BMW B47 Tuning

"All you need to know about tuning and performance parts on the BMW B47 engine!"

This pages aim is provide a guide to B47 tuning and report on the optimum modifications. This 4 cylinder engine was released in 2014 and replaced the N47, primarily to meet euro 6 emissions regulations.

The higher powered engines have a twin turbo setup and fuel injection pressures were also increased around 2017.

BMW B47 are popular tuning projects and with the optimum tuning mods like remaps, turbo kits and camshafts you will dramatically maximize your driving experience.

It was smoother and quieter, especially around town compared to it's predecessor.

History, Power & Specs of the Engine

The fuel pressure is rated to around 2000bar - typical for a direct injection diesel engine and turbos are the twin scroll variety which have variable geometry inlets, and spool up quite quickly making the engine feel like a high power NASP unit.

Each cylinder has 4 valves and are designed to warm up very quickly, helping reduce emissions and particulate filter build up.

Generally speaking the higher powered engines have a twin turbo setup and revised mapping, but share many components with the lower power engines, giving a few bolt on upgrade options from the BMW parts bin for those with the 114 hp & 148 hp engines seeking more power.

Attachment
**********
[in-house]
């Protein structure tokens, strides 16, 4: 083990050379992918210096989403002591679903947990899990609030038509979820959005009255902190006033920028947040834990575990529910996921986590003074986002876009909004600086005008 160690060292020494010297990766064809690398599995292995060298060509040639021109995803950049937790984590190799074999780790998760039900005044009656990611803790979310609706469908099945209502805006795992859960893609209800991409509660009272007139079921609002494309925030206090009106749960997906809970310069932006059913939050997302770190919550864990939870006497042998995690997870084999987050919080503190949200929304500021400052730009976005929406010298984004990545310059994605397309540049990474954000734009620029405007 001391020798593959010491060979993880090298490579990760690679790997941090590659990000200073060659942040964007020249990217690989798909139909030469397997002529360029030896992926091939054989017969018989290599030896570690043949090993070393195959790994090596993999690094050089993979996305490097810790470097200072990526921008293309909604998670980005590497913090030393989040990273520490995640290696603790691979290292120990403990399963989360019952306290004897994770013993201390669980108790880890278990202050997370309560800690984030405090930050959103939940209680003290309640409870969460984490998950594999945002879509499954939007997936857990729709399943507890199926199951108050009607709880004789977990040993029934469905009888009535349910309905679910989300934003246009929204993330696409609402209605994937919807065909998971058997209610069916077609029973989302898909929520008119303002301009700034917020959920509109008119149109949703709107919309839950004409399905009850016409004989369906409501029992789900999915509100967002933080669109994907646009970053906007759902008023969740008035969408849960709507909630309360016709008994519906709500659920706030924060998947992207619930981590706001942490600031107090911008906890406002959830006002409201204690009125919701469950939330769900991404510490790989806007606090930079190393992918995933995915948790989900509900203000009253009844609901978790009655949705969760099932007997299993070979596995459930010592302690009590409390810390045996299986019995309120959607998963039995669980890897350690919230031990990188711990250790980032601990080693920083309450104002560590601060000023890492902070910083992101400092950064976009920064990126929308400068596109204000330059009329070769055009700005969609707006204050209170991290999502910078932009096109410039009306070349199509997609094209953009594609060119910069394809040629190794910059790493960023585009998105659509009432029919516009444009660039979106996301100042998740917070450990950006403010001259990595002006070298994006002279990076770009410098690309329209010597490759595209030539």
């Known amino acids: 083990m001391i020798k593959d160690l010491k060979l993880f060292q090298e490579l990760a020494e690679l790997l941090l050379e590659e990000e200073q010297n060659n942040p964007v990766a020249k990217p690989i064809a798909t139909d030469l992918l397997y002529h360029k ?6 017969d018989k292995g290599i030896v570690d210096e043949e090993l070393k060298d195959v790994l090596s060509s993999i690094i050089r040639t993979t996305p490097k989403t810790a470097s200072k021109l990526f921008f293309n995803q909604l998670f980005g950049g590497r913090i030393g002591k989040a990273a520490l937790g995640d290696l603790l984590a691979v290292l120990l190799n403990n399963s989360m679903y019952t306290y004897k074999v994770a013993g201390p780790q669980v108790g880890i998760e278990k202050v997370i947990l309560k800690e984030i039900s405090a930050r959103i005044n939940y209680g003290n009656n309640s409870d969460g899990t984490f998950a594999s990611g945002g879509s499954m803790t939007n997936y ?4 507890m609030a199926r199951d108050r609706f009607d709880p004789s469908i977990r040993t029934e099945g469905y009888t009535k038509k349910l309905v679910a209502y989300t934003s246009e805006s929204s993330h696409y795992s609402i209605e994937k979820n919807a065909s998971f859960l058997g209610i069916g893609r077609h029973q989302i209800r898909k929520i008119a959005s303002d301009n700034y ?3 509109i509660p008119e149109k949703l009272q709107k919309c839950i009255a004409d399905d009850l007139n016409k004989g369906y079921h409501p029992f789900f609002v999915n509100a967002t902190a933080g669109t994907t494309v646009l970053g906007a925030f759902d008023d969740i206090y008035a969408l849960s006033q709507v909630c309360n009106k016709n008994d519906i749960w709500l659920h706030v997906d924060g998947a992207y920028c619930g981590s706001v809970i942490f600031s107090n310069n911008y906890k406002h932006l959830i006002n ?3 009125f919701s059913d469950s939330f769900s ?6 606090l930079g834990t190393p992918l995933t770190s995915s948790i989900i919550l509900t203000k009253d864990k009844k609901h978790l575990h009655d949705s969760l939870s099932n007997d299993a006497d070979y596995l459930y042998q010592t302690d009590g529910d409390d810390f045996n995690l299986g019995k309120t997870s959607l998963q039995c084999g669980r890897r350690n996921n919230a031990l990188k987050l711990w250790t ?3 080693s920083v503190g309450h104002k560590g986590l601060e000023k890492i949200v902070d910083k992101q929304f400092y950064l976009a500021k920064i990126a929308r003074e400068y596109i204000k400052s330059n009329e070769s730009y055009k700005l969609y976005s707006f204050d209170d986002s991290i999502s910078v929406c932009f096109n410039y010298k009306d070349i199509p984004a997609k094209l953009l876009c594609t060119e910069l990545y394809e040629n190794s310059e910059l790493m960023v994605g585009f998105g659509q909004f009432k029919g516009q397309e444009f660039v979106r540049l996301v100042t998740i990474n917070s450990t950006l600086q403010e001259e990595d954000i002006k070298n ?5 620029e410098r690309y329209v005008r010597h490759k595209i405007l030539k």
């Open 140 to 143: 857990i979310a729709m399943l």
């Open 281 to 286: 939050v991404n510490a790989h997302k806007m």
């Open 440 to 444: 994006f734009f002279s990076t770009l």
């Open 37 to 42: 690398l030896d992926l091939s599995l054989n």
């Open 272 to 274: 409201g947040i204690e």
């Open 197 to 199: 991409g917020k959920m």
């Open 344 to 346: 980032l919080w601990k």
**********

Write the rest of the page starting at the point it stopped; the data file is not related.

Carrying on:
B47D20 (85 kW version)

114  hp @ 4,000 rpm 270 Nm (199 lbft at 1,250–2,750 rpm

  • 2015–2019 F30/F31 316d
  • 2020–present G20 316d

B47D20 (110 kW version)

148  hp @ 5,000 rpm 236lbft-266lbft

  • 2014–2016 F10 518d
  • 2014–present F45 218d Active Tourer
  • 2015–present F20 118d
  • 2015–present F22 218d
  • 2015–present F25 X3 sDrive18d
  • 2015–2019 F30/F31/F34 318d
  • 2015–present F32/F36 418d
  • 2015–present F48 X1 sDrive18d
  • 2015–present F54 MINI Cooper D Clubman
  • 2017–present F39 X2 sDrive18d
  • 2017–present F60 MINI Cooper D Countryman
  • 2019–present G20 318d
  • 2019–present F40 118d

B47D20 (125 kW version)

168  hp @ 4,000 rpm 360 Nm (266 lbft at 1,500–2,750 rpm

  • 2015–present F56 MINI Cooper SD

B47D20 (140 kW version)

188  hp @ 4,000 rpm 400 Nm (295 lbft at 1,750–2,500 rpm

  • 2014–2016 F10/F11 520d
  • 2014–present F26 X4 sDrive20d
  • 2014–present F45 220d Active Tourer/220d Gran Tourer
  • 2015–present F20 120d
  • 2015–present F22/F23 220d
  • 2015–present F25 X3 sDrive20d/xDrive20d
  • 2015–2019 F30/F31/F34 320d
  • 2015–present F32/F36 420d
  • 2015–present F48 X1 sDrive20d
  • 2015–present F54 MINI Cooper SD Clubman
  • 2016–present G30/G31 520d
  • 2017–present F39 X2 xDrive20d
  • 2017–present F60 MINI Cooper SD Countryman
  • 2017–present G01 X3 xDrive20d
  • 2018–present G32 620d Gran Turismo
  • 2019–present G20 320d
  • 2019–present F40 120d xDrive
  • 2019–current F44 220d Gran Coupé

B47D20 (165 kW version)

221  hp @ 4,400 rpm 450 Nm (332 lbft at 1,500–3,000 rpm
202  hp @ 4,000 rpm 430 Nm (317 lbft at 1,750–3,000 rpm

  • 2015–present F20 125d
  • 2015–present F22 225d
  • 2015–2018 F30/F31/F34 325d
  • 2016–present F32/F33/F36 425d

B47D20 (170 kW version)

228  hp @ 4,400 rpm 332lbft - 369lbft